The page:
A Credible Beginning
Posted April 10, 2015
The budget presented on Thursday tells us how serious the Liberal government is about balancing the books within the current mandate. It was preceded by tough talk from the minister and the premier about the challenges facing the province.
Policy announcements in advance continued to set the tone. Fees are to be increased on a long list of services. Some parks spending will be cut. Neither of these produce much in the way of savings but they added to the tone-setting.
Minister Whalen’s pre-budget Chamber of Commerce speech mentioned the sizable cost of refundable tax credits for the film business, provoking all manner of intense media reaction from the industry, from producers to the hair stylist for Trailer Park Boys.
It may be true that big rebates are needed to compete with other jurisdictions. But what matters is how the return on this investment in jobs compares to others. The payments appear to be eight to ten times the size of payroll rebates used by NSBI, most recently to support up to 500 new jobs with the Royal Bank. Whether that difference makes sense for taxpayers is not clear. In the meantime the industry has condemned the announcement that 75% of the continuing program will only be available as a credit against income taxes.
The Yarmouth Ferry, for which the only possible justification could be job creation, has been transferred to the Department of Transportation and Infrastructure Renewal. New Minister of Business Furey, whose role includes looking over the economic impact of spending in other departments was quoted as saying “”Government can’t write a cheque to keep every business alive.” We can only hope.
The Government began to put real substance behind its commitment to rationalize government functions, most significantly with the shrinking of the Department of Rural and Economic Development and Tourism into the Department of Business. That name suggests a more tightly focused mandate for the Invest Nova Scotia Board than the wooly list provided a year ago.
Of greatest significance, retiring allowances will be curtailed and salaries frozen for three years for MLA’s and 1,930 non-unionized civil servants. (My article last week incorrectly said that the premier had rejected a freeze. In fact he had rejected the notion of reductions.)
That sets the table for comparable proposals for public sector unions. Many in the public sector feel that they are reasonably paid in comparison with comparable workers in other provinces. That is often true, although other provinces have been moving in the same direction as this budget, and some have been more complete in their pension reforms.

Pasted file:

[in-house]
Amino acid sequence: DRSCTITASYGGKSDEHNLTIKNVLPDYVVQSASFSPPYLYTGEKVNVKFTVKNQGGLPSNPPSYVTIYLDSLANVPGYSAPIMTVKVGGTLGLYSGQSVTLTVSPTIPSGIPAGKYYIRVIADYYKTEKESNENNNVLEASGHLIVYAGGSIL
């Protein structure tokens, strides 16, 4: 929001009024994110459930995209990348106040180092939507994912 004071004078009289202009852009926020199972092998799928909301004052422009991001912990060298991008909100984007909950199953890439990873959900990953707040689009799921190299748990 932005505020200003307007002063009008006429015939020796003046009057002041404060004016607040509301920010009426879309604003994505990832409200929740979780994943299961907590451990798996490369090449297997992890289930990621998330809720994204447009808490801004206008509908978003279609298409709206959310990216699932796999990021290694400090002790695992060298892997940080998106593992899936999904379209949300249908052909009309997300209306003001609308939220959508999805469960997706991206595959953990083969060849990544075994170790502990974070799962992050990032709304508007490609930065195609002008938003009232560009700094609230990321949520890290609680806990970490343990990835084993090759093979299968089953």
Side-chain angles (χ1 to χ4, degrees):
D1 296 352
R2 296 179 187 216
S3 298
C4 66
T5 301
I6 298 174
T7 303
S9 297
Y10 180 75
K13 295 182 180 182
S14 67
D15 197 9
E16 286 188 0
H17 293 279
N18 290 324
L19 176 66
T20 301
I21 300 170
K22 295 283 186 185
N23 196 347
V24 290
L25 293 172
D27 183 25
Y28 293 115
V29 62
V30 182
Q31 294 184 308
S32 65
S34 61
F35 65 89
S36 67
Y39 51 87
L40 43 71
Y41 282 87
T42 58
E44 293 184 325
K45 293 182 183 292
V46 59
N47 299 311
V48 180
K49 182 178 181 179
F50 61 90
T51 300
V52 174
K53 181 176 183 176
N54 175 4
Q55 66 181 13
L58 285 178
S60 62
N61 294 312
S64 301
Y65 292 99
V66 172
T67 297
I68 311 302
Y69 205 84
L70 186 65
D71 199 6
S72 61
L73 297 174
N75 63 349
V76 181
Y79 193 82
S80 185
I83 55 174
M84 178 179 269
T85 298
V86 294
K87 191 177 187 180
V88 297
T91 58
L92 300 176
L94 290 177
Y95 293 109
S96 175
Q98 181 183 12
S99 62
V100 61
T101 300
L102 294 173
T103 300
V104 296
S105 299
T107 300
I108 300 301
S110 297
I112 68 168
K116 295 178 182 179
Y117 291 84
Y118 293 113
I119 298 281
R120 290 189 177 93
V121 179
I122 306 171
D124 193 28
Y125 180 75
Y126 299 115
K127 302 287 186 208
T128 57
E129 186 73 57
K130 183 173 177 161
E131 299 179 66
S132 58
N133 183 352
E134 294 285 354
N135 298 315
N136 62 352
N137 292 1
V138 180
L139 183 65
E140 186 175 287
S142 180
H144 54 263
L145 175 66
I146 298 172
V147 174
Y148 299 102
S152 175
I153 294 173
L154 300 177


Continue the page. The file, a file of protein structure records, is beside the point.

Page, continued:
But, as the minister noted, Nova Scotia has had Canada’s weakest economic growth for the last twenty years. Private sector incomes have grown very slowly. According to Statistics Canada unionized wage earners in Nova Scotia, the vast majority of whom are public sector, saw hourly wage increases averaging 3.6% in the 12 months ending this March. Other workers have average decreases of 2.2%.
Provincial workers are allowed to take up to 18 sick days a year, four days to attend appointments, and another five days to care for a sick family member.
Very few private sector employees have big incomes, stock options, or fancy benefits. Most of the jobs are in sales and service; business finance and administrative occupations; trades, transport, and equipment operators.
Most have no pension plan; those who do typically have a defined contribution program. No-one compensates a lobster fisherman who has the flue and can’t go out during his prime season, or a sales clerk who misses a shift to take care of her kids when they are too sick to go to school. None of the private sector workers receives a retirement allowance.
These are the neighbours of public sector workers. Both groups pay taxes, both groups make important contributions to our province. But the imbalance of benefits is very hard for the private sector workers to accept.
It will nevertheless be surprising if the government can achieve its collective bargaining goals within the existing legislative framework for civil servants, which calls for binding arbitration when no agreement is reached. Government has every reason to worry how that might turn out. The legislation needs to be changed.
The budget speech does not confront the issue, but perhaps it is not the right vehicle for introducing the topic. It is clear that the same kind of decisiveness shown this week will be needed.
Failure to achieve the necessary wage restraint will mean continuing deficits in spite of all the tough choices government has made on other matters. Success will mean that the government is on a credible path to fiscal sustainability.
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